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Xwavia Deploys Superfast Wireless Broadband to Conwy in Wales UK

Monday, June 9th, 2014 (1:18 pm) - Score 485

As promised Xwavia (formerly eXwavia), fresh from its somewhat controversial injection of new investment by the Welsh Government (here), has confirmed the deployment of its 10-100Mbps capable wireless broadband network into the market town of Conwy on the north coast of Wales.

The ISP claims that Conwy has some of the slowest internet connections in the United Kingdom, with services at Erw Fawr in Henryd crawling along with average download speeds of around 0.6Mbps (Megabits per second). By contrast local homes and businesses should now be able to receive between 10Mbps and up to 100Mbps.

As we’ve mentioned before, parts of Conwy are already expected to be covered by the state aid supported Superfast Cymru project with BT (here), although it will also be “one of the last areas in Wales” scheduled to receive superfast broadband under that project.

The ISPs effort intends to make use of the Welsh Government‘s revised Access Broadband Cymru (ABC) scheme, which provides grants worth up to £1,000 per premise in areas which have “slow broadband connections” (i.e. sub-2Mbps). It’s worth pointing out that ABC and the Superfast Cymru project are not supposed to conflict (i.e. to avoid duplication of the public investment).

Xwavias Statement:

We are thrilled to announce that superfast broadband will be now be available to residents and businesses in Conwy for the first time, as of this month.

Currently, many residents and business-owners in Conwy do not have access high speed broadband and this is negatively effecting the local economy. We are therefore extending our service to ensure that individuals and businesses are given access to the broadband services they need and deserved.”

The plan to deploy into Conwy was first revealed last month, although it’s not currently known where Xwavia intends to go next. Unfortunately the ISP has also stopped mentioning their full package details and prices, although it is known that their entry-level 5Mbps option on an 18 month contract costs from £16.99 per month. Meanwhile the setup cost is likely to be positioned to take full advantage of the ABC scheme.

Leave a Comment
4 Responses
  1. Avatar 3G Infinity says:

    …. short on technology, so assume this is 2.4GHz wifi access with 5.8GHz backhau;, so while they can do 150Mbps HDD into an Access Point, share that ten times leaves only 15Mbps per premise – not quite superfast.

    1. Avatar No Clue says:

      LOL OMG Maths and understanding the tech fail!

  2. Avatar DTMark says:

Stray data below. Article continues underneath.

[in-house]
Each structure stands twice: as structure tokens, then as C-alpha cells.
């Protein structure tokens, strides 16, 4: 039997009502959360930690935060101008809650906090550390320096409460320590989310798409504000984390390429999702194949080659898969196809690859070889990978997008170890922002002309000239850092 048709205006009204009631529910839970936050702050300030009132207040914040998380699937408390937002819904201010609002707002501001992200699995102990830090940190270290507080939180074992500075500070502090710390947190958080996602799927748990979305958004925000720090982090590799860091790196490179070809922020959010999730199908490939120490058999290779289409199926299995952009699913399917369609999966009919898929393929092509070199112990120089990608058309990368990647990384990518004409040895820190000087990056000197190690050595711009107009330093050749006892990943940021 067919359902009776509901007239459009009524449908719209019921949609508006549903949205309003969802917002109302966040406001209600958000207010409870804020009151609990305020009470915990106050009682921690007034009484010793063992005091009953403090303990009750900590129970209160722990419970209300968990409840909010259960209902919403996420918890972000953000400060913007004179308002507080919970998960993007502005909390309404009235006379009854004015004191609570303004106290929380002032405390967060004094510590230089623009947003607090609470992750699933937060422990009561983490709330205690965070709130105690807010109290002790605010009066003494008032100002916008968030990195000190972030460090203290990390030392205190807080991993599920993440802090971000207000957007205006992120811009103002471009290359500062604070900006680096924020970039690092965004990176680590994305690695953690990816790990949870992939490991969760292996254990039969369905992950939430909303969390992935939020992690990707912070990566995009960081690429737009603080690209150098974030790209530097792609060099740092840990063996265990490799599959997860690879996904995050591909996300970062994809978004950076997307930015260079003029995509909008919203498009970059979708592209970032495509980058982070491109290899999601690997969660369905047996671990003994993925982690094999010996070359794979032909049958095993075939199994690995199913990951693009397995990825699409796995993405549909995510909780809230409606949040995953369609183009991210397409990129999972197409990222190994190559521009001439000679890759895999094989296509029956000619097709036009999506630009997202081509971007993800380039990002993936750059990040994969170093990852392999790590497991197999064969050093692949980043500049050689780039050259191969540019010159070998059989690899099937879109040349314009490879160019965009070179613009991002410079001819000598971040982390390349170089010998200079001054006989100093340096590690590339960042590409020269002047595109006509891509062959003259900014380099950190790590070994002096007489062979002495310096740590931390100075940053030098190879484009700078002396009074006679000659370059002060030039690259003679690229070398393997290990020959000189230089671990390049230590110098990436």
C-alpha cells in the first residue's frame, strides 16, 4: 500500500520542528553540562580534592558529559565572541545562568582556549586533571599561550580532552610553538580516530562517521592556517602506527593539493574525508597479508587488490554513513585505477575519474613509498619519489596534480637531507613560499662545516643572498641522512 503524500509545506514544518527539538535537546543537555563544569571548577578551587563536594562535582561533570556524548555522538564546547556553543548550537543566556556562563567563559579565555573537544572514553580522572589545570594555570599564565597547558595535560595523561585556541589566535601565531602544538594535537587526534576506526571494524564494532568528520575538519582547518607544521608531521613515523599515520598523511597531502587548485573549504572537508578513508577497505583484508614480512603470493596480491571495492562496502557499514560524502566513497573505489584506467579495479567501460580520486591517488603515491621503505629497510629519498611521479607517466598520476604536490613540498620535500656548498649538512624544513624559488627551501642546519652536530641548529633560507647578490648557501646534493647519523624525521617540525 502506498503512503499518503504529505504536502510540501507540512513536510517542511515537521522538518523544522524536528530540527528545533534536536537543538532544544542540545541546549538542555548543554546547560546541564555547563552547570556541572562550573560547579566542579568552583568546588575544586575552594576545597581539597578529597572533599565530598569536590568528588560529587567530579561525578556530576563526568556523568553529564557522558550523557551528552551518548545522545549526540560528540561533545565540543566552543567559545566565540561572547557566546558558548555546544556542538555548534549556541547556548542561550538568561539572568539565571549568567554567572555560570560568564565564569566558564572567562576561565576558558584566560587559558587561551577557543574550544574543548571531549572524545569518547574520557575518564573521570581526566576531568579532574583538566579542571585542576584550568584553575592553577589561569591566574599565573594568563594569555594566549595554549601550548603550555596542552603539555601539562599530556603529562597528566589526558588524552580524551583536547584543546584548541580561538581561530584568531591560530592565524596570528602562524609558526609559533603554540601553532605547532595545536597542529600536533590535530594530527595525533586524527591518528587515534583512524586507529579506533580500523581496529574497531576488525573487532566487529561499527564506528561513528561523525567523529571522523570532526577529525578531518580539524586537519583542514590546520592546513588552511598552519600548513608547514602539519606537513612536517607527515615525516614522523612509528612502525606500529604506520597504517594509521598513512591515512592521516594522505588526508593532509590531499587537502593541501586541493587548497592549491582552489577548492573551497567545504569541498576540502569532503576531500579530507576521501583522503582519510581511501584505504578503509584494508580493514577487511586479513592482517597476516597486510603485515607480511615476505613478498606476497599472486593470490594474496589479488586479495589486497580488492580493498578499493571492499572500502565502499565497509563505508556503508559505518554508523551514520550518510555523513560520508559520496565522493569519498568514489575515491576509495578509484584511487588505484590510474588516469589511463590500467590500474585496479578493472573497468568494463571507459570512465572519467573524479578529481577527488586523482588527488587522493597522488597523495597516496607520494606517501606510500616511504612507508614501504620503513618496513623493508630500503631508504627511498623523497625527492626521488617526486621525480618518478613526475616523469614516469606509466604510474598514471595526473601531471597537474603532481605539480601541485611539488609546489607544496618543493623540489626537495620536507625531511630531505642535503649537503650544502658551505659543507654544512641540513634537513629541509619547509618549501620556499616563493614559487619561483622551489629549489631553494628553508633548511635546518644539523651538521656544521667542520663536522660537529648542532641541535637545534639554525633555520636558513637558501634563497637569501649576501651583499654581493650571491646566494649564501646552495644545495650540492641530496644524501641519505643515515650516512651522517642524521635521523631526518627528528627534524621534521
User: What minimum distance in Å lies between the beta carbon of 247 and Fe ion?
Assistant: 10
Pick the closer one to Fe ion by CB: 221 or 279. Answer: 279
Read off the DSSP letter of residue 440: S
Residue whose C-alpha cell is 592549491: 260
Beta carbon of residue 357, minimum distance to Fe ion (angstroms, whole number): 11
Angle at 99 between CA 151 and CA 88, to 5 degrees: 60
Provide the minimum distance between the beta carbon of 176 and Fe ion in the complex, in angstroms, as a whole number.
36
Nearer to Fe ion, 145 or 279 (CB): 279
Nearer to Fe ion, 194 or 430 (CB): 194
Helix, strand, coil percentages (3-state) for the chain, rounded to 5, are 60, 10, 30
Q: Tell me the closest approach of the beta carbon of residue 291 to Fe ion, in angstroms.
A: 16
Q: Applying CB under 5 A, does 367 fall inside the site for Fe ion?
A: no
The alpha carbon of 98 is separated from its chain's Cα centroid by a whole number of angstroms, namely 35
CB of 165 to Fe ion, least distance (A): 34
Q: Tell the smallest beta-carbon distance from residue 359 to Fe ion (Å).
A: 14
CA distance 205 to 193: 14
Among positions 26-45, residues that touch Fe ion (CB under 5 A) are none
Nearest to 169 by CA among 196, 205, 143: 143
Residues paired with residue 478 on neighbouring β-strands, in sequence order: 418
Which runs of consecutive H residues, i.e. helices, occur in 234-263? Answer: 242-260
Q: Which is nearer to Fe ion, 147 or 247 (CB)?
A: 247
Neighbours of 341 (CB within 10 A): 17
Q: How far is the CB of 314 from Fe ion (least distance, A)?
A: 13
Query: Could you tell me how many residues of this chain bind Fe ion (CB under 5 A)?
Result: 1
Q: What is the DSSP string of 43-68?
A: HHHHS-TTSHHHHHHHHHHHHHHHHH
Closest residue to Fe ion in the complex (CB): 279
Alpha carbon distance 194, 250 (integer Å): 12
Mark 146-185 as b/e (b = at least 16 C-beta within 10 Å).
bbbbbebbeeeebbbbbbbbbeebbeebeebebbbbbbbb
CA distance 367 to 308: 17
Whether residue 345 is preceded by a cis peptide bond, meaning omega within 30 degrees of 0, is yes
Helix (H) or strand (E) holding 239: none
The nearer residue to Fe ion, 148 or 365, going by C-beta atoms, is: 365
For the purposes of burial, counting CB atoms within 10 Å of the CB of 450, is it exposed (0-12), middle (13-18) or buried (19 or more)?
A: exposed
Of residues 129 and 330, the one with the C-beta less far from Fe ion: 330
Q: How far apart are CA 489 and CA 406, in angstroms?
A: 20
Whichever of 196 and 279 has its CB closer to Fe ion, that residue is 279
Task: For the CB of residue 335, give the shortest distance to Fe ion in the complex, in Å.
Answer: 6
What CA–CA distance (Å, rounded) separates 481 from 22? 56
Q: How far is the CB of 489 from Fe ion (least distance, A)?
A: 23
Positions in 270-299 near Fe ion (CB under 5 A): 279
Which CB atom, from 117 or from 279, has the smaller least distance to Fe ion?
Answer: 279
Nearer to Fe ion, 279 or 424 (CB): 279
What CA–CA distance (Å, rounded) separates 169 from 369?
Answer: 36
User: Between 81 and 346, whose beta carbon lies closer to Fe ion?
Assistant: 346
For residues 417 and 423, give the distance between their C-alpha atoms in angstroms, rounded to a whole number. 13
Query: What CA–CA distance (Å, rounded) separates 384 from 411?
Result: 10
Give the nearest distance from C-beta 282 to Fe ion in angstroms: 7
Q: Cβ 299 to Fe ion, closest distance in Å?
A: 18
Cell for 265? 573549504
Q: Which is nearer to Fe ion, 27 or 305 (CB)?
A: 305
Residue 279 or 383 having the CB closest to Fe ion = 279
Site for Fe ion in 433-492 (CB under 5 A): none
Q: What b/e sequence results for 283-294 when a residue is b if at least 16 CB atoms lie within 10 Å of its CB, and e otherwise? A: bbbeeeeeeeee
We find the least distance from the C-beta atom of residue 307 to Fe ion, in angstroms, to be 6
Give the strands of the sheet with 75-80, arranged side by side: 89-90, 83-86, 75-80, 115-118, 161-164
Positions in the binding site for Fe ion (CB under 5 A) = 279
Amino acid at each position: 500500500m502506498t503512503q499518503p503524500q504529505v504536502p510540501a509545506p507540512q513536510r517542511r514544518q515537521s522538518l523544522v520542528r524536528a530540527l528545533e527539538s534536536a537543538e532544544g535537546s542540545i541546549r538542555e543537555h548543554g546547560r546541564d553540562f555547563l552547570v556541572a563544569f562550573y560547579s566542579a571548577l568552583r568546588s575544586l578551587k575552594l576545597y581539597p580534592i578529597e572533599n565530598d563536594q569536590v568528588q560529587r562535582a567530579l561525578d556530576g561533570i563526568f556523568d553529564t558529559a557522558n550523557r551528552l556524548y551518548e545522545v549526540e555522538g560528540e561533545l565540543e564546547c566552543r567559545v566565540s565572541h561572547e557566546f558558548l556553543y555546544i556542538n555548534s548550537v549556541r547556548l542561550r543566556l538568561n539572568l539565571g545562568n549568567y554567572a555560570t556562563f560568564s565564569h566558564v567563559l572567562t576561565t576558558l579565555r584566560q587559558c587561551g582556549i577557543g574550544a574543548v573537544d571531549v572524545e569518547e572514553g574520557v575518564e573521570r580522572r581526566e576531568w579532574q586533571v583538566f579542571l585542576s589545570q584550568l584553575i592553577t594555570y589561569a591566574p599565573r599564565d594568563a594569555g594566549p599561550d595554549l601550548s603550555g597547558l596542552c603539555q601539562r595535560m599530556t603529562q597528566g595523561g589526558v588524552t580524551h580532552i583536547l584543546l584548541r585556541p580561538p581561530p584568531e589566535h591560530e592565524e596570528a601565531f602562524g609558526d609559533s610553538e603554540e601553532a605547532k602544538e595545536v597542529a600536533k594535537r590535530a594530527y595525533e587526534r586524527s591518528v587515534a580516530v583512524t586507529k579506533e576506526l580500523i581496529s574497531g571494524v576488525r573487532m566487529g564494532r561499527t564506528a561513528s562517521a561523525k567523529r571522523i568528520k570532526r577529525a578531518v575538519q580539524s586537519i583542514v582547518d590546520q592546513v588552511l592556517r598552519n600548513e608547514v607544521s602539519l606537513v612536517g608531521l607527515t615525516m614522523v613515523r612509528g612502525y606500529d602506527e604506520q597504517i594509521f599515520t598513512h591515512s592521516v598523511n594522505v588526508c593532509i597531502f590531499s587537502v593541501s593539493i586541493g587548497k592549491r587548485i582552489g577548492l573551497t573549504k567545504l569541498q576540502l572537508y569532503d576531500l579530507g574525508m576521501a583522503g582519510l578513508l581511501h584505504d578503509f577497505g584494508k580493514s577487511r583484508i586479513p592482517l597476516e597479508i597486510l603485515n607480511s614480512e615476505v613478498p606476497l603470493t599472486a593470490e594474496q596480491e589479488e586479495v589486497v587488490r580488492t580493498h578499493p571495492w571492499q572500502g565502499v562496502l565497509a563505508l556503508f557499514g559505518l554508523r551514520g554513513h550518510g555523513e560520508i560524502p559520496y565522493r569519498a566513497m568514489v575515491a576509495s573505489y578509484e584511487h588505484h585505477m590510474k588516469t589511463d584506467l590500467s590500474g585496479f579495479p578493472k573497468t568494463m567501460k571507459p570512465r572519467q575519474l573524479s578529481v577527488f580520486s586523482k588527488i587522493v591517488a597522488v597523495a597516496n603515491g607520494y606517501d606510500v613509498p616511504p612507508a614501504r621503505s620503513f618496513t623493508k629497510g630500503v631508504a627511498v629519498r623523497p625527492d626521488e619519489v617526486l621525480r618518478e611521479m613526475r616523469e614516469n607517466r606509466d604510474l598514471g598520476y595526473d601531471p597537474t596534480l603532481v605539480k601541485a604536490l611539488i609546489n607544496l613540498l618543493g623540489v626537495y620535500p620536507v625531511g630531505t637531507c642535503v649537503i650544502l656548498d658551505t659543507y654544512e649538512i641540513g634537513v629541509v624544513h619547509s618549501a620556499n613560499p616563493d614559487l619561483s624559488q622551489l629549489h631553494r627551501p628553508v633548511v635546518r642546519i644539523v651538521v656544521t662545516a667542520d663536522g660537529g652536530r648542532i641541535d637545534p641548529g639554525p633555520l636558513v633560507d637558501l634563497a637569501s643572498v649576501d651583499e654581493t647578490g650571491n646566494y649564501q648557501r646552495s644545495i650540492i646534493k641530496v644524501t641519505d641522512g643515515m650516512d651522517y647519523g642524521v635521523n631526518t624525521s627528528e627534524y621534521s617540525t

I had thought that the transmitters can manage 300Mbps.

    Done right – as in: enough transmitters and repeaters – and every home could expect superfast speeds most or all the time. Virgin, for instance, don’t provision bandwidth at 1:1 and yet they’re the fastest provider by a very long way almost no matter where you live. Just as long as it’s a cabled area. They do not have the “last mile” distribution problem.

    Problem comes with the number of transmitters/repeaters required in order to hit the appropriate contention level bearing in mind that in years to come, it won’t be that unusual for the load on the thing to ramp up to the max at around 7pm as people start watching streamed TV. Take that forward not too many years and with say 75% of the premises using 30Meg+ streams at the same time wireless will struggle unless the contention ratio is very low.

    You could contrast wireless versus VDSL deployment round here – do wireless right and it will bring superfast to everyone right now. On the other hand no matter what you do with VDSL not everyone will get anything like superfast speeds.

    Until the investment is found to run fibre solutions it’s a case of the best tech match for the area. CityFibre are making the right noises, but at the moment, it remains to be seen whether they are simply “noises”.

    1. Avatar No Clue says:

      Not to mention his “150Mbps HDD into an Access Point, share that ten times leaves only 15Mbps per premise – not quite superfast.”

      Even if it were 150Mb max he fails as he is assuming the 10 people connected to the access point are all busily maxing their 15Mbps at exactly the same time, every second they are connected.

      It sounds like some of the the comedy crap another individual comes up with on here. While at the same time thinking a certainly monopoly is different in regards to congestion.

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